President Obama's recent commencement address to the students at Howard University got a fair amount of attention for the words it contained about activism in 2016. Pundits like Frank Bruni could barely contain their glee about Obama's rebuke to Black Lives Matter protesters.
"If you think that the only way forward is to be as uncompromising as possible, you will feel good about yourself, you will enjoy a certain moral purity, but you’re not going to get what you want," Obama said, "So don’t try to shut folks out. Don’t try to shut them down, no matter how much you might disagree with them."
One wonders whether that version of Obama would recognize the one whose administration is now embarking on an aggressive and uncompromising showdown with opponents of transgender rights in the United States. In only the past week, the Justice Department sued North Carolina over its new anti-trans bathroom law; Attorney General Loretta Lynch delivered what has been hailed as a historically important defense of trans people; and the Obama administration issued a decree mandating that public schools allow students to use the bathrooms that match their gender identity.
There is no attempt to understand the other side here. The White House isn't meeting the government of North Carolina halfway. It's asserting broad, robust federal authority in a way that is almost certain to land it before the Supreme Court.
So what's going on? Why is the same president who chastised young black activists for their confrontational attitude deliberately picking a fight with a string of state and local governments over another civil rights issue?
The answer is pretty simple: In what feels like the blink of an eye, it has become more politically advantageous for the White House to be on the side of trans people than to sit on the fence. Actually, forget that positive framing: it's politically dangerous for the White House not to take this sort of stand. And that's because trans people, and queer people more generally, are reaping the rewards of decades of sustained, confrontational, fearless activism and movement-building.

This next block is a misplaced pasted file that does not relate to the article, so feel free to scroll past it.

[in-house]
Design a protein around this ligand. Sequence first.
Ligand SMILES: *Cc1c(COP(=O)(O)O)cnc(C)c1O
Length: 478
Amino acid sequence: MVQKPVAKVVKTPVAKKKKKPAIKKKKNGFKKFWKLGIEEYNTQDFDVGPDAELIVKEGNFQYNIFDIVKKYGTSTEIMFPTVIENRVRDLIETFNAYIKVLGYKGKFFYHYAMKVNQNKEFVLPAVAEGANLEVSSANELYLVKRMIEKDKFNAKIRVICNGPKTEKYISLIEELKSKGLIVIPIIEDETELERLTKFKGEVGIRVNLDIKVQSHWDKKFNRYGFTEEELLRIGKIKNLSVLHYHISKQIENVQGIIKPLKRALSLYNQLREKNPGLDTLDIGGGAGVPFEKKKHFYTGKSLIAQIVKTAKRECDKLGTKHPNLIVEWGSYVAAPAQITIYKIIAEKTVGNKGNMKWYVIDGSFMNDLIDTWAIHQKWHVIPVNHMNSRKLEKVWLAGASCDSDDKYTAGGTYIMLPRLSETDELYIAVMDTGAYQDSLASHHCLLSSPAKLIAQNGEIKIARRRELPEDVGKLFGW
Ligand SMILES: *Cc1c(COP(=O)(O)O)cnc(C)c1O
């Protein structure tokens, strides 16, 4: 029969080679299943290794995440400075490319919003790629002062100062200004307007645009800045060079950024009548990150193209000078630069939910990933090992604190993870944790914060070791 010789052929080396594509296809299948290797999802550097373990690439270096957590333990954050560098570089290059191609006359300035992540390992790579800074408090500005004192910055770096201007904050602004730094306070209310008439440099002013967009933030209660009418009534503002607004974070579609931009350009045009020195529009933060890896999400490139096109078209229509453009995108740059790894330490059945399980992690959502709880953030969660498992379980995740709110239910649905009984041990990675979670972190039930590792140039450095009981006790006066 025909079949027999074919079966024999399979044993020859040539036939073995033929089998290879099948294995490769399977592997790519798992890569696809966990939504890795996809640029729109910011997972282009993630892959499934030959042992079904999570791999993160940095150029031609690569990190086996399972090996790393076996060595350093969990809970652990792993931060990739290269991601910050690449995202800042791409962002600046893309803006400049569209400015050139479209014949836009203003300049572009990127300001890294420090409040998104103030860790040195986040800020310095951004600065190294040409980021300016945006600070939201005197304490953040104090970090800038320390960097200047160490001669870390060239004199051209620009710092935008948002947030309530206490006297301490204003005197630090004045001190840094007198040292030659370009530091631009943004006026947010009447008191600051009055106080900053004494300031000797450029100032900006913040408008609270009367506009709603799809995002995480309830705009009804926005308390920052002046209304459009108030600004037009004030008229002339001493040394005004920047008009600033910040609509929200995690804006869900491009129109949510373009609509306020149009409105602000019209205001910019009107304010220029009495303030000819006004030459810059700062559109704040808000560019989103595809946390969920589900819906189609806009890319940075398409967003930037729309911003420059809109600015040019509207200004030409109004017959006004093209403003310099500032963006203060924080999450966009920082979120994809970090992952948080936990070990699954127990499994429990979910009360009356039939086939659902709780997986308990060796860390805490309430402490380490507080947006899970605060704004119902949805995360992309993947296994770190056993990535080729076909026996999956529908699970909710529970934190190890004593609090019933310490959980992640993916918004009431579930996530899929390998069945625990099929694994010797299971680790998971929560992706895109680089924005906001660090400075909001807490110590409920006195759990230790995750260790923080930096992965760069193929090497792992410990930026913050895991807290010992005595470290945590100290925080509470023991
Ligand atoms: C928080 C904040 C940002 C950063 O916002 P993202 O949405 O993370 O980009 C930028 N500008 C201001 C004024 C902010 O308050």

It's just over four years to the day since Obama abandoned his opposition to same-sex marriage. Think about that. Four years ago, the president of the United States wasn't even in favor of something as conservative as gay marriage. Now, he's waging battles for trans rights. Look at what that movement made him do! There are untold numbers of LGBT people who will have been told over the past couple of generations that they were moving too fast, that they weren't representing themselves in the best possible light, that they were scaring straight people too much. Thank heaven for the ones who didn't listen.
Moreover, for all of Obama's displeasure about the tactics of the Black Lives Matter movement, just think about how influential that movement has been precisely because so many of its participants have rejected meekness. Look at how petrified they made Hillary Clinton and Bernie Sanders because they were willing to get in their faces and demand that their issues be addressed. Look at how quickly the discourse around criminal justice has changed—how quickly positions that were once badges of pride for politicians have turned into marks of dishonor. Has everything become better overnight? Of course not. But the entire 2016 race has been shaped by the actions of ordinary citizens taking power into their own hands and wielding it without compromise. Electoral politics has its place. Engaging with the system has its place. But so does hammering that system from the outside.
During a year in which it feels like everything is laser-focused on the presidential campaign, it's good to be reminded of the singular electricity that comes from regular people demanding to be treated with dignity and confronting authority without apology. It is a lesson that should never be cast aside, no matter who becomes president in November and no matter how much any politician tells people to stop causing so much trouble.